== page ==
Another common case is when a termite inspector does not have access to the walls of the garage because of storage and personal belongings. The law says that the areas that cannot be inspected or are inaccessible have to be identified on the termite report. Now it is almost the close of escrow and the buyer demands that the garage be thoroughly inspected. The seller obliges and sends out the termite inspector to inspect the previously inaccessible areas. The delay comes when and if the termite inspector finds infestation or damage in these areas that needs to be taken care of.

Lesson: It is best to understand the termite report by reading it and communicating with the inspector. Equally important, identify all potential causes of delay and act on it immediately.

Delay #3: Team up With A Reliable Termite Inspector
Note that I said reliable termite inspector and not necessarily a termite company. You may call a termite company because they are a nationally recognized company and you were impressed by their full-page ad in the yellow pages. However, you may end up with an inspector who does not want their uniforms to get dirty by climbing up inside the attic (this is not to say that there are not good inspectors in bigger companies).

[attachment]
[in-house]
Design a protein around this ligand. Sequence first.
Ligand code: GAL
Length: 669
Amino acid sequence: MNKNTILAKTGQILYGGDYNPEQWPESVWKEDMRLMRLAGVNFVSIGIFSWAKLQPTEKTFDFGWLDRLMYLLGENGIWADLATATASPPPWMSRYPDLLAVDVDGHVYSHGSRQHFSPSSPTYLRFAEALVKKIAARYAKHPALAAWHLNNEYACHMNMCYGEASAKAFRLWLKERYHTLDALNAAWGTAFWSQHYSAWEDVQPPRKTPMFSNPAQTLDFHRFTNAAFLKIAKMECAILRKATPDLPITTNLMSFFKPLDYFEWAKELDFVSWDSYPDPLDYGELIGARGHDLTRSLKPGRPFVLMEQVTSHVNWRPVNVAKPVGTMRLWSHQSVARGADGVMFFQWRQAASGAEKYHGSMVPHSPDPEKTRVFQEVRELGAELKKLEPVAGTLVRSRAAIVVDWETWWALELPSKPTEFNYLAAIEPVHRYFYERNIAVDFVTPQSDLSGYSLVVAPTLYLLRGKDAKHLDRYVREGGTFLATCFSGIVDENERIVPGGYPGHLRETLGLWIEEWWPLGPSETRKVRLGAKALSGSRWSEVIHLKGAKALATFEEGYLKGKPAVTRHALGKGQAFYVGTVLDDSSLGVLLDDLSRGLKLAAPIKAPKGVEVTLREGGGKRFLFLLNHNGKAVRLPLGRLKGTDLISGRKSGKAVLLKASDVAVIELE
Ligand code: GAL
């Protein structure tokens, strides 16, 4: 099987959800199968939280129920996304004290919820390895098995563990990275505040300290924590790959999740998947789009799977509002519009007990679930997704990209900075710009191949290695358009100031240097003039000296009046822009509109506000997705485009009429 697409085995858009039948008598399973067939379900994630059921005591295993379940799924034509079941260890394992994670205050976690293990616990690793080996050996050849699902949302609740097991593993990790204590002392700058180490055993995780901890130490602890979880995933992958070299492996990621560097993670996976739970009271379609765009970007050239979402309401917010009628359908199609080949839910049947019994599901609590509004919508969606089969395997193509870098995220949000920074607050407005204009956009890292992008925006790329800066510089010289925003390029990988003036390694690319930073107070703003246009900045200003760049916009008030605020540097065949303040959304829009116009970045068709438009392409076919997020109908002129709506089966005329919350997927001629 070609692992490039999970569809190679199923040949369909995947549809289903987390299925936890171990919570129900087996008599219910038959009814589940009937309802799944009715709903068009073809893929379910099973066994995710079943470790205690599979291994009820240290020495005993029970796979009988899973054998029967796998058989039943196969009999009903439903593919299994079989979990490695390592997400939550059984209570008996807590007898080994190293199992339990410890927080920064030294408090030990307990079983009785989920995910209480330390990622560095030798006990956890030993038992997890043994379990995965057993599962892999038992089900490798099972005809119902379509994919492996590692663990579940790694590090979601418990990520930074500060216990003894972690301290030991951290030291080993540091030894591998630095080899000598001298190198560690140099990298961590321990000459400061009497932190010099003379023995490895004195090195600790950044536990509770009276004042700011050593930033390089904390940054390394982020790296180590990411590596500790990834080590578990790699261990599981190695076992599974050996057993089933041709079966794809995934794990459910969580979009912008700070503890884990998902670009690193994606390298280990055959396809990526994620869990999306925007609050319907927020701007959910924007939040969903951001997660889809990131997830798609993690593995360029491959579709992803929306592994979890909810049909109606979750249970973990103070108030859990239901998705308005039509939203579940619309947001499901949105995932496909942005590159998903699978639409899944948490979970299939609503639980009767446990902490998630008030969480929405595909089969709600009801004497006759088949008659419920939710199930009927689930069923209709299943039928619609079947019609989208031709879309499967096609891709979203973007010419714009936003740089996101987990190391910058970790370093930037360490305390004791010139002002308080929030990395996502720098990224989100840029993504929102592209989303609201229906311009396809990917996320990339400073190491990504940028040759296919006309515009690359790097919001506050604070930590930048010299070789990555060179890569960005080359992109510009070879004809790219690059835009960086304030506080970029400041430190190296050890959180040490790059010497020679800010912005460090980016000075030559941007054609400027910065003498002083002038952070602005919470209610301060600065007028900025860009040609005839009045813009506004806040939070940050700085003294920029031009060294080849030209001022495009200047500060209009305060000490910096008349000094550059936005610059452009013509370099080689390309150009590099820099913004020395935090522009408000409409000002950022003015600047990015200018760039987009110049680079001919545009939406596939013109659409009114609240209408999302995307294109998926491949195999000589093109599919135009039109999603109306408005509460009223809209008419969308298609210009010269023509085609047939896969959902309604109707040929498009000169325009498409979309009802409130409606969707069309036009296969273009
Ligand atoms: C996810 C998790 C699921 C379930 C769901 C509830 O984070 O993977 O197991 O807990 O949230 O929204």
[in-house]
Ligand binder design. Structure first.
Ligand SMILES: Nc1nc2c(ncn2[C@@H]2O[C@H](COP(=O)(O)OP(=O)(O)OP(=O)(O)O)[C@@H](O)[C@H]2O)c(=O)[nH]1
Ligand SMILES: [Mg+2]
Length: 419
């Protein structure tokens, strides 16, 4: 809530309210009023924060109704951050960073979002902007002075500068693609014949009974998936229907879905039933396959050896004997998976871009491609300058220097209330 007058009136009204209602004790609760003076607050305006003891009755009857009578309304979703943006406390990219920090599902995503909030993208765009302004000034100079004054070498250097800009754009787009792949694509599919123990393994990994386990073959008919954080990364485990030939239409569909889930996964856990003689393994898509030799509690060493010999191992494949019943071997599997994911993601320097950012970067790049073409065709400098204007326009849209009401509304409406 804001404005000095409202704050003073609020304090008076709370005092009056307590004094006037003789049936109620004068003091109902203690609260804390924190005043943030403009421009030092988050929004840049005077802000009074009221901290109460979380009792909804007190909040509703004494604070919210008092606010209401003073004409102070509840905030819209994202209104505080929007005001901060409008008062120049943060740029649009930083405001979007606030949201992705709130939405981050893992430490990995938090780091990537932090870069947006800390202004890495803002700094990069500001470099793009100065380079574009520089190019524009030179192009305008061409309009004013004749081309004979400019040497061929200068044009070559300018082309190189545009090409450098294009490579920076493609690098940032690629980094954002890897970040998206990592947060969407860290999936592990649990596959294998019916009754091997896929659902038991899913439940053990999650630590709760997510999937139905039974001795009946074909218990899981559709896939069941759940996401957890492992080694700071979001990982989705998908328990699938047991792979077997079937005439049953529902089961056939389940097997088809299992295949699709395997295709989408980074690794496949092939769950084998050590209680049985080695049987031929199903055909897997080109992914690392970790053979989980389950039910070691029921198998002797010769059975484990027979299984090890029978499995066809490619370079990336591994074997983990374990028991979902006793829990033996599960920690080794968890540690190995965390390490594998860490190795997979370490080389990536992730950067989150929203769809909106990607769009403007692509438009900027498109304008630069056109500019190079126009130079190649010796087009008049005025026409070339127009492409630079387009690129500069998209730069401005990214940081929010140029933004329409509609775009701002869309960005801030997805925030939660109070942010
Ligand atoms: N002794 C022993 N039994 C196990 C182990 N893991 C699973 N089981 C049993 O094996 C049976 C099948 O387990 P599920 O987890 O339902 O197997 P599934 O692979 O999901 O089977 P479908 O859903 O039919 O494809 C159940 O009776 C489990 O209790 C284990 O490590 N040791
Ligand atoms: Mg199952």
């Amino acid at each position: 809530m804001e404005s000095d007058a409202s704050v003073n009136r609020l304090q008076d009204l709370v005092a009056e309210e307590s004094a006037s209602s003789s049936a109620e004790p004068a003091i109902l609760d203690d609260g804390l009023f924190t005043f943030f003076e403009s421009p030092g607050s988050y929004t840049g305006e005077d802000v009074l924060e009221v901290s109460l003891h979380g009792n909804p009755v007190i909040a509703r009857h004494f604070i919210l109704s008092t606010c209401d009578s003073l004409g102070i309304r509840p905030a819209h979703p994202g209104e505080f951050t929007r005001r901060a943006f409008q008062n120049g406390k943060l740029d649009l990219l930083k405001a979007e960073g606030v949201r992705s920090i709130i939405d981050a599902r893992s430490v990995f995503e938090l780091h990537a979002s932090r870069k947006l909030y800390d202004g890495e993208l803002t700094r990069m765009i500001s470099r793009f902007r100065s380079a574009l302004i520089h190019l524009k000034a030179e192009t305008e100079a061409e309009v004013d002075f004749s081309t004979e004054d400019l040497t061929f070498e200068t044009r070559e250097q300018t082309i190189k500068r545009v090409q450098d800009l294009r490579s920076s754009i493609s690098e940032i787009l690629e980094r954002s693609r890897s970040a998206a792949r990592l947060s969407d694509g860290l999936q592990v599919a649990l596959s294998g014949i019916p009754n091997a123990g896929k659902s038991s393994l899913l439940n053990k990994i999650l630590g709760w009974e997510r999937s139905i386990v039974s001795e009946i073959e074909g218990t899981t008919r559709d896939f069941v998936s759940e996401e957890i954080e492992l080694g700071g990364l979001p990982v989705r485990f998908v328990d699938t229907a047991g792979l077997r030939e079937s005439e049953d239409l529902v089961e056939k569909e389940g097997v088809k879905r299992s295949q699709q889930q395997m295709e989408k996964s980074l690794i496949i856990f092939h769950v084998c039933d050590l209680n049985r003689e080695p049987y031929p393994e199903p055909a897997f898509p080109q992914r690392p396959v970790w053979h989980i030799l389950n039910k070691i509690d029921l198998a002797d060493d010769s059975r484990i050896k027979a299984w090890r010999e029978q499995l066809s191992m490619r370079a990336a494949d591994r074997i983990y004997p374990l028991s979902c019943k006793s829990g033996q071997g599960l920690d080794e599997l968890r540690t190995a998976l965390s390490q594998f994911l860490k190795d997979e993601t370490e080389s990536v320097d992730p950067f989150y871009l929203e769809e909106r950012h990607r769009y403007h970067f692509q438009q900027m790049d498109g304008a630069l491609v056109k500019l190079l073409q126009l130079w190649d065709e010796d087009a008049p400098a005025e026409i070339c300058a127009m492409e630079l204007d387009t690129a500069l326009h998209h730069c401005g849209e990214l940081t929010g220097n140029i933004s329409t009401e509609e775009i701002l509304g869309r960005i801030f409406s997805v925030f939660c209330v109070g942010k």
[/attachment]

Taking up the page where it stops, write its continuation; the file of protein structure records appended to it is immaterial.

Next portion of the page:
Having a knowledgeable termite inspector as part of your team can drastically relieve you of unnecessary delays. The ideal termite inspector is one that has experience with real estate transactions and is a team player who gives importance to your schedules and timetable. Communication is also important in that the inspector should be able to explain the termite reports and estimates clearly.

Lesson: Teaming up with good, reliable people is one way to make sure of a smooth real estate transaction. It is not uncommon for real estate agents to work with a particular mortgage lender, escrow officer, contractor, title officer, etc. Ask your friends and co-workers and they may be able to point you to a reliable termite company or inspector with whom they have worked with.

Note: This article was intended as an overview only and thoroughness of the subject matter is not the main objective. It is always recommended to consult with a licensed inspector for more details.